Towns may be 10 miles apart, but bike shops (and even Walmarts) are much farther than that, so he may be counting on the kindness of strangers to drive 20 miles to pick up a tire for him. Road shoulders in Mississippi are unpaved and often gravel and glass strewn, so I don't think it's unlikely that he'll get a flat, and perhaps even an unrepairable flat. He can (usually) limp along for quite some time with a broken spoke, but he'll be in for a lot of walking if he can't repair a flat.
May
25
comment Help for a 169 mile bike ride
Riding on roads with earbuds sounds like a recipe for disaster.
May
25
comment Help for a 169 mile bike ride
I'd bring along a spare tire too since he'll presumably be far from help. I rarely get flats, but the last time I did, a piece of road debris ended up slitting the sidewall and I don't think even a "boot" would have held - a riding parter rode a few miles back to a nearby bike shop to bring me a replacement tire. On the backroads of Mississippi he may be in for a long wait before help arrives.
May
23
comment Are out of date energy gels bad for you?
As long as the packaging is intact, it should be fine, though the taste/texture may not be what you're expecting. I once ate a powergel that was expired by over a year after a short ride turned into a longer ride than expected, I was hungry and the only food I had was that expired gel in the bottom of my bike pack. It looked and smelled ok, and tasted fine, but the texture was a little lumpy. I didn't suffer any ill effects.
Apr
3
comment Will my road bike fit in the racks on a public transit bus now that I have put fenders on it?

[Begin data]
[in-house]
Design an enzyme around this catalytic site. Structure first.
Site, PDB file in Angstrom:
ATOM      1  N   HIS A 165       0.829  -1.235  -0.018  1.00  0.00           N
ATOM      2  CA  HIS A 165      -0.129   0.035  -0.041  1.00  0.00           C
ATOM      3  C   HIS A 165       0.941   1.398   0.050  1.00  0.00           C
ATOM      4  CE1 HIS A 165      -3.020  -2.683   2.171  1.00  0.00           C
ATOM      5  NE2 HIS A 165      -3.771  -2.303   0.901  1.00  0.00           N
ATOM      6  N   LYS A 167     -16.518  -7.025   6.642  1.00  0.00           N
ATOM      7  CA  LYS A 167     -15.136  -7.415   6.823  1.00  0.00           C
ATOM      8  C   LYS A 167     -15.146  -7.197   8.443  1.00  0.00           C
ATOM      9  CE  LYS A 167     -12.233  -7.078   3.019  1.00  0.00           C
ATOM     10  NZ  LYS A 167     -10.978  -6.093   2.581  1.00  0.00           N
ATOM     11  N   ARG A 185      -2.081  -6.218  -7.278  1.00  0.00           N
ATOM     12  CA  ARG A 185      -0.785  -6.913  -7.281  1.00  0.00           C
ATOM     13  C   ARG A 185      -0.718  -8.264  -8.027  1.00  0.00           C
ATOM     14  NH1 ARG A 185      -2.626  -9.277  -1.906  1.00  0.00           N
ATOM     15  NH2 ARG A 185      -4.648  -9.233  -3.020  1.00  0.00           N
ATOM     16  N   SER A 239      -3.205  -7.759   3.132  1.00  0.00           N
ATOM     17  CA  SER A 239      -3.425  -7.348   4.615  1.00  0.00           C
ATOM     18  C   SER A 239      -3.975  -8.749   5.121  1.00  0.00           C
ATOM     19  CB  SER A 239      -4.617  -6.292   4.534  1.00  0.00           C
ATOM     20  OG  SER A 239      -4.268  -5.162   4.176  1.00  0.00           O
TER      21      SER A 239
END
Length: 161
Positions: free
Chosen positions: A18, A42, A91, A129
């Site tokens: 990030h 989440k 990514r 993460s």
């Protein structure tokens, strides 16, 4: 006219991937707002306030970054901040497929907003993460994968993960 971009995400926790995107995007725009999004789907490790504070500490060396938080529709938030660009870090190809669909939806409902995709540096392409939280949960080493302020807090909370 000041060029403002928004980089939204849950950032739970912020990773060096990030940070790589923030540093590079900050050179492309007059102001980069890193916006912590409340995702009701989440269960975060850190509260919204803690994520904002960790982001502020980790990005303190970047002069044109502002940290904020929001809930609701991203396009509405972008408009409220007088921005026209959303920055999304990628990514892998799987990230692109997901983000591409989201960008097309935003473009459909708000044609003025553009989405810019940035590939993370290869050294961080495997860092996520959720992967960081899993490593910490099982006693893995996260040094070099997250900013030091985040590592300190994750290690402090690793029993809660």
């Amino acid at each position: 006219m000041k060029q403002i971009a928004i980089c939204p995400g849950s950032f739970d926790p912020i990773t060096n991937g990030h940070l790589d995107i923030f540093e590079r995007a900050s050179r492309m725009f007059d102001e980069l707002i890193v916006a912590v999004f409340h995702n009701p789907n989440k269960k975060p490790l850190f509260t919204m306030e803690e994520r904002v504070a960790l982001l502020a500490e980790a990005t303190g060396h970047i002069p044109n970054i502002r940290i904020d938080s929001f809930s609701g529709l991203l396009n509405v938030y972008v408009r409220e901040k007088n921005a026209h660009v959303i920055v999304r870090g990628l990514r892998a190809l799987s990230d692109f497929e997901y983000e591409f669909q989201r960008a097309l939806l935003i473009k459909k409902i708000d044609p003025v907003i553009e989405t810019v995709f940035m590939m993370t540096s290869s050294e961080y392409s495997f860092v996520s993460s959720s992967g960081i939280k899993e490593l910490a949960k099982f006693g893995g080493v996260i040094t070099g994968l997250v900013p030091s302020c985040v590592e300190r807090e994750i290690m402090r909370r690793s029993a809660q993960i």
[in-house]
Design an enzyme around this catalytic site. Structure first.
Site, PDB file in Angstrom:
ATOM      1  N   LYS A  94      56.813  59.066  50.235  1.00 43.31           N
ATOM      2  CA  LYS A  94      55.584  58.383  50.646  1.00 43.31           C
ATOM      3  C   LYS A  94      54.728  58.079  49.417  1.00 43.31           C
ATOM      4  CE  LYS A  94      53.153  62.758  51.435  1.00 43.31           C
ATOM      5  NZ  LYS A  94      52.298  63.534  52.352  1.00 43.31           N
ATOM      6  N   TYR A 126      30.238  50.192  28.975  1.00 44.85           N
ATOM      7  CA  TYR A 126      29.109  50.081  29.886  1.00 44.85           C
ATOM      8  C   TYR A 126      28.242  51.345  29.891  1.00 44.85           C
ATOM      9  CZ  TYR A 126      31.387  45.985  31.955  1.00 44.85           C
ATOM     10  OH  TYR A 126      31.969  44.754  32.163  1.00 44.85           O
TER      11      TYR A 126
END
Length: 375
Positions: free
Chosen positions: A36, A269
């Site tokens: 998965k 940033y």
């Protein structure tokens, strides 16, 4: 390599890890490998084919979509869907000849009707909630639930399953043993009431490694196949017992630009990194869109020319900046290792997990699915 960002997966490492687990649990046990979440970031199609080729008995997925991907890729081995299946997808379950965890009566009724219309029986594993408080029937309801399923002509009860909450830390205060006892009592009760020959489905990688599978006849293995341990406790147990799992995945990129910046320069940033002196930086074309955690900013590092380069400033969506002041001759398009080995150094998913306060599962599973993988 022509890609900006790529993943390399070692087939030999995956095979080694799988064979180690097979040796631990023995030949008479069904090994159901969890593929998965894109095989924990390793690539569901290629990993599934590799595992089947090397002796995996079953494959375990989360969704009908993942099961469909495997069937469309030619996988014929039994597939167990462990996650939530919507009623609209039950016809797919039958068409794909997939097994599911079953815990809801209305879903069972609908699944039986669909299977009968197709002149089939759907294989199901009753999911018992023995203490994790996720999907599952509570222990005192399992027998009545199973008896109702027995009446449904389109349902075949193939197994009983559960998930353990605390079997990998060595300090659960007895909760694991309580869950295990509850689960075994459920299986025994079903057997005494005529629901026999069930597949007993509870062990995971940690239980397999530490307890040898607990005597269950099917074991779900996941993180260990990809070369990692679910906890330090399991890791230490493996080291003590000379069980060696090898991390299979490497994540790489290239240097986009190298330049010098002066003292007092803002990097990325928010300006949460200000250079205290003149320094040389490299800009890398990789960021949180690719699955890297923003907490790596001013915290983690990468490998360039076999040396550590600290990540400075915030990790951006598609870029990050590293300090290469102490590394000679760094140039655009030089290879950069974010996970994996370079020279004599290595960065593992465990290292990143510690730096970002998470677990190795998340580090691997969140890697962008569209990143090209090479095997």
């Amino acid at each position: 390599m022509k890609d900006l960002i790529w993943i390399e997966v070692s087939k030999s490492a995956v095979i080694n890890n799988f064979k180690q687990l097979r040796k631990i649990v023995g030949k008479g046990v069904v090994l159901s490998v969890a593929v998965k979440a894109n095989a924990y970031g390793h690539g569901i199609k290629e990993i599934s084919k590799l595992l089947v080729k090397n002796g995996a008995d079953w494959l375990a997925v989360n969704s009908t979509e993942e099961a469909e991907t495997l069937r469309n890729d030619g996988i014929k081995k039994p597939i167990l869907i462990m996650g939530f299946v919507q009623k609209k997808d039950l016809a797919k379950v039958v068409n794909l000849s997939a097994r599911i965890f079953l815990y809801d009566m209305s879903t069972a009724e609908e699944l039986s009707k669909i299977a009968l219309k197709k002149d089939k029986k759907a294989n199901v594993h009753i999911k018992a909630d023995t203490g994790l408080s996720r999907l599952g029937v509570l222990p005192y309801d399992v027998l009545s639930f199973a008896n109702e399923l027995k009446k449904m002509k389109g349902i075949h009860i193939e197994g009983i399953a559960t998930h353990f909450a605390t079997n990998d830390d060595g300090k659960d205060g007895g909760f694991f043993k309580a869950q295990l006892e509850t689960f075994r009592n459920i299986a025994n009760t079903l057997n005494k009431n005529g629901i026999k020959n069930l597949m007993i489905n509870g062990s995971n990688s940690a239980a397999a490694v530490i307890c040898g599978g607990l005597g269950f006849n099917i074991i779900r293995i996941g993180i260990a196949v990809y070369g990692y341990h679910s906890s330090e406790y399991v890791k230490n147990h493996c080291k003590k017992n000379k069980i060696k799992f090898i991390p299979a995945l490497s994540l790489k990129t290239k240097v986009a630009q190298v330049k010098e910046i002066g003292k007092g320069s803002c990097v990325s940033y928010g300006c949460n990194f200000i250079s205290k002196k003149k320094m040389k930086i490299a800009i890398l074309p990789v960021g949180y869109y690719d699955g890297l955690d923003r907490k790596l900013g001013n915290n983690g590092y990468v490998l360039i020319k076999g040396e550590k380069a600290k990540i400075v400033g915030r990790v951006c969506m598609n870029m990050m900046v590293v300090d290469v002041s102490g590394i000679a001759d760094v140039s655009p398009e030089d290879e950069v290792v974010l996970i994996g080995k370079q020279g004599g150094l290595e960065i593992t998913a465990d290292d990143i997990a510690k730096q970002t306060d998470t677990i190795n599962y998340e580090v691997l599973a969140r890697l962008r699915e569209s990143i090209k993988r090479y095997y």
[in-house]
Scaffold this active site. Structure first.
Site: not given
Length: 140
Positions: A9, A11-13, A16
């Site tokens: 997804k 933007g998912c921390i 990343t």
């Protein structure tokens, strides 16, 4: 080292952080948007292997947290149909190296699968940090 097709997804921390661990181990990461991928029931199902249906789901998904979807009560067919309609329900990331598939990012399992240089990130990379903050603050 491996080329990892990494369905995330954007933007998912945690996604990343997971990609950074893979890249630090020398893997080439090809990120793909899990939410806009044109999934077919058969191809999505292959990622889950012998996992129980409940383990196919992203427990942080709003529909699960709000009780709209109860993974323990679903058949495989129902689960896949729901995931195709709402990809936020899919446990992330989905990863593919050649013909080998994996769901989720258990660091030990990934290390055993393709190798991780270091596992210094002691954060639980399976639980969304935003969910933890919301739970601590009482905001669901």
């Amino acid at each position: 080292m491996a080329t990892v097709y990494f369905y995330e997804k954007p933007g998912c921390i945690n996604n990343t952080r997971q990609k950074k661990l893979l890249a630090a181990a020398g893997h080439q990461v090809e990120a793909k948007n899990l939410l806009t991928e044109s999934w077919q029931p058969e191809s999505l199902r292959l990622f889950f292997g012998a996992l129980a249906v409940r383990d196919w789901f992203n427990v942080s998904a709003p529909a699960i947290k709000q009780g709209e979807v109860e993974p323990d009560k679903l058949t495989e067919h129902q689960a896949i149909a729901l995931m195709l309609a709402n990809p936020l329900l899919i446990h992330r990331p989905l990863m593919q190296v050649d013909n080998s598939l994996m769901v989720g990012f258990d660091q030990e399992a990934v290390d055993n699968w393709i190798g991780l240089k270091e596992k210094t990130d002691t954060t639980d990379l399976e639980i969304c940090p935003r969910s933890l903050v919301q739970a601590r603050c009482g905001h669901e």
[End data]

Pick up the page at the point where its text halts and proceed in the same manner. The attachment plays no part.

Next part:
When the bike racks were new on SF Muni, I remember that Muni had a rack at some office (Van Ness?) where cyclists could try out the rack. Even if you're not a Muni rider, it might be worth a call to the transit service to see if they have a try-out rack available somewhere, then you can try out your bike with fenders.
Mar
15
comment How often should I change road bike tyres?
Do people really wipe off their tires after each ride? I have never wiped off a tire, yet rarely get flats.
Mar
14
comment What hand signals work best for cyclists in the US?
When I first started bike commuting, I wanted to use the proper hand signals, so I called the local police department to ask what they were. they transferred me to 3 different police officers, including a motorcycle officer and none of them knew the "correct" signals. That's when I decided that I'd just point straight to the left or right to signal turns, with my hand down in a stopping motion to signal an unexpected stop. If the police don't know the "official" hand signals, I figure that few drivers do, but everyone should understand pointing.
Feb
19
comment Cycling position for commuting
If you add cross levers, then you can use the brakes from the top bar - I did this on my commute bike.... and miss them on my road bike (but not enough to add them on that bike too)